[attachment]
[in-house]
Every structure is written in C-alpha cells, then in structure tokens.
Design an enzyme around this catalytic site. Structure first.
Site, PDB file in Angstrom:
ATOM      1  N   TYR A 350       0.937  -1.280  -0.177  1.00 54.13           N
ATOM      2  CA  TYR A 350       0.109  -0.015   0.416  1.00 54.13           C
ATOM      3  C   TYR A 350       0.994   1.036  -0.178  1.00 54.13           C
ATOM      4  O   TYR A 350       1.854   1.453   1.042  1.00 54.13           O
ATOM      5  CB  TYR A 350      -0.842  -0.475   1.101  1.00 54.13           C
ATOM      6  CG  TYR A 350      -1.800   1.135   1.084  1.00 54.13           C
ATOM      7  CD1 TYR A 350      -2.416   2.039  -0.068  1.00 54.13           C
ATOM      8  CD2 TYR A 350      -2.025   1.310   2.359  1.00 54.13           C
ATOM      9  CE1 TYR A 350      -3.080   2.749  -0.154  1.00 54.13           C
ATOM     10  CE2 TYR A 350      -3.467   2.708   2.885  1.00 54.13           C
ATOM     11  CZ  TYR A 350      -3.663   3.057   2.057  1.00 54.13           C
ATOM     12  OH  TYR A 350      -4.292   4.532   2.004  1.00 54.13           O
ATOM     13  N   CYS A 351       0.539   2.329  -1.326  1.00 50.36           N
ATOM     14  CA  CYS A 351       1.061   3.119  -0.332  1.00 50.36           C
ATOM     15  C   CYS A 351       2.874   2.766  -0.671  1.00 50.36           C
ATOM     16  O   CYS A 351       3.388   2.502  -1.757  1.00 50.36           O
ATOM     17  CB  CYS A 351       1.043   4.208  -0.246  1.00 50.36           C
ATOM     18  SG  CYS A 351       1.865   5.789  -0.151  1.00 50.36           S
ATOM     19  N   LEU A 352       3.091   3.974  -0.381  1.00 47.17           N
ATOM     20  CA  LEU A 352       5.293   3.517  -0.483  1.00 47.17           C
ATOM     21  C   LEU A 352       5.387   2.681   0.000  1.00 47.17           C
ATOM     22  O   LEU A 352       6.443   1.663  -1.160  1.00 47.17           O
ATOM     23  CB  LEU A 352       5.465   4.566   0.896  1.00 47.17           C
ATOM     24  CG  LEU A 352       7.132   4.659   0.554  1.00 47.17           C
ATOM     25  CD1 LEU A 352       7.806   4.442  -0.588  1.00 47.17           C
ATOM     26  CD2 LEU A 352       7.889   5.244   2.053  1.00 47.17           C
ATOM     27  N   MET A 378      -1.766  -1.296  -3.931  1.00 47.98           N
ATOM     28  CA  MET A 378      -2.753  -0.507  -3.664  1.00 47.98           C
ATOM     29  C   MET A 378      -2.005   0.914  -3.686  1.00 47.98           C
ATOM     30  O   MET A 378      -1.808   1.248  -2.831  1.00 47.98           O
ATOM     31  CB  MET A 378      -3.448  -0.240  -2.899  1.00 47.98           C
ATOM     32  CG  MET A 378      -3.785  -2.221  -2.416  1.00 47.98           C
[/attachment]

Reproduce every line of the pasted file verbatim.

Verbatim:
[in-house]
Every structure is written in C-alpha cells, then in structure tokens.
Design an enzyme around this catalytic site. Structure first.
Site, PDB file in Angstrom:
ATOM      1  N   TYR A 350       0.937  -1.280  -0.177  1.00 54.13           N
ATOM      2  CA  TYR A 350       0.109  -0.015   0.416  1.00 54.13           C
ATOM      3  C   TYR A 350       0.994   1.036  -0.178  1.00 54.13           C
ATOM      4  O   TYR A 350       1.854   1.453   1.042  1.00 54.13           O
ATOM      5  CB  TYR A 350      -0.842  -0.475   1.101  1.00 54.13           C
ATOM      6  CG  TYR A 350      -1.800   1.135   1.084  1.00 54.13           C
ATOM      7  CD1 TYR A 350      -2.416   2.039  -0.068  1.00 54.13           C
ATOM      8  CD2 TYR A 350      -2.025   1.310   2.359  1.00 54.13           C
ATOM      9  CE1 TYR A 350      -3.080   2.749  -0.154  1.00 54.13           C
ATOM     10  CE2 TYR A 350      -3.467   2.708   2.885  1.00 54.13           C
ATOM     11  CZ  TYR A 350      -3.663   3.057   2.057  1.00 54.13           C
ATOM     12  OH  TYR A 350      -4.292   4.532   2.004  1.00 54.13           O
ATOM     13  N   CYS A 351       0.539   2.329  -1.326  1.00 50.36           N
ATOM     14  CA  CYS A 351       1.061   3.119  -0.332  1.00 50.36           C
ATOM     15  C   CYS A 351       2.874   2.766  -0.671  1.00 50.36           C
ATOM     16  O   CYS A 351       3.388   2.502  -1.757  1.00 50.36           O
ATOM     17  CB  CYS A 351       1.043   4.208  -0.246  1.00 50.36           C
ATOM     18  SG  CYS A 351       1.865   5.789  -0.151  1.00 50.36           S
ATOM     19  N   LEU A 352       3.091   3.974  -0.381  1.00 47.17           N
ATOM     20  CA  LEU A 352       5.293   3.517  -0.483  1.00 47.17           C
ATOM     21  C   LEU A 352       5.387   2.681   0.000  1.00 47.17           C
ATOM     22  O   LEU A 352       6.443   1.663  -1.160  1.00 47.17           O
ATOM     23  CB  LEU A 352       5.465   4.566   0.896  1.00 47.17           C
ATOM     24  CG  LEU A 352       7.132   4.659   0.554  1.00 47.17           C
ATOM     25  CD1 LEU A 352       7.806   4.442  -0.588  1.00 47.17           C
ATOM     26  CD2 LEU A 352       7.889   5.244   2.053  1.00 47.17           C
ATOM     27  N   MET A 378      -1.766  -1.296  -3.931  1.00 47.98           N
ATOM     28  CA  MET A 378      -2.753  -0.507  -3.664  1.00 47.98           C
ATOM     29  C   MET A 378      -2.005   0.914  -3.686  1.00 47.98           C
ATOM     30  O   MET A 378      -1.808   1.248  -2.831  1.00 47.98           O
ATOM     31  CB  MET A 378      -3.448  -0.240  -2.899  1.00 47.98           C
ATOM     32  CG  MET A 378      -3.785  -2.221  -2.416  1.00 47.98           C